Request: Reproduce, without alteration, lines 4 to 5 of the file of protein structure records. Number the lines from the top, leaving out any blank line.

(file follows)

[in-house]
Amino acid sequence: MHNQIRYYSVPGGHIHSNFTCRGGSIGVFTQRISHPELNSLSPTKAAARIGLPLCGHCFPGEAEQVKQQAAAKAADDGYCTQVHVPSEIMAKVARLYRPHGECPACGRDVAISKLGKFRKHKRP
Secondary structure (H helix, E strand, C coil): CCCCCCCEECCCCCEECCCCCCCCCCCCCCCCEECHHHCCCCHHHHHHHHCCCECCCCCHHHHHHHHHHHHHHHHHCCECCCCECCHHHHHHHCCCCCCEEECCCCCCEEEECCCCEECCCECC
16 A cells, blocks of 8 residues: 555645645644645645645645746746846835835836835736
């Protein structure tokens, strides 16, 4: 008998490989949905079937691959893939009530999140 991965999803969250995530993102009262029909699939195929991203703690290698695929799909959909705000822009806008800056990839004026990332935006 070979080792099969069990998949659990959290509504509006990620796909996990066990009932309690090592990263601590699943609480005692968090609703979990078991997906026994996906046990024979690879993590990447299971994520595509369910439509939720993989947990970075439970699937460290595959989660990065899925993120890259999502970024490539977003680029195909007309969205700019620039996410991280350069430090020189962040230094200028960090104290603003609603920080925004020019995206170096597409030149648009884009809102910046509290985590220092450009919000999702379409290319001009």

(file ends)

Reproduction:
16 A cells, blocks of 8 residues: 555645645644645645645645746746846835835836835736
């Protein structure tokens, strides 16, 4: 008998490989949905079937691959893939009530999140 991965999803969250995530993102009262029909699939195929991203703690290698695929799909959909705000822009806008800056990839004026990332935006 070979080792099969069990998949659990959290509504509006990620796909996990066990009932309690090592990263601590699943609480005692968090609703979990078991997906026994996906046990024979690879993590990447299971994520595509369910439509939720993989947990970075439970699937460290595959989660990065899925993120890259999502970024490539977003680029195909007309969205700019620039996410991280350069430090020189962040230094200028960090104290603003609603920080925004020019995206170096597409030149648009884009809102910046509290985590220092450009919000999702379409290319001009």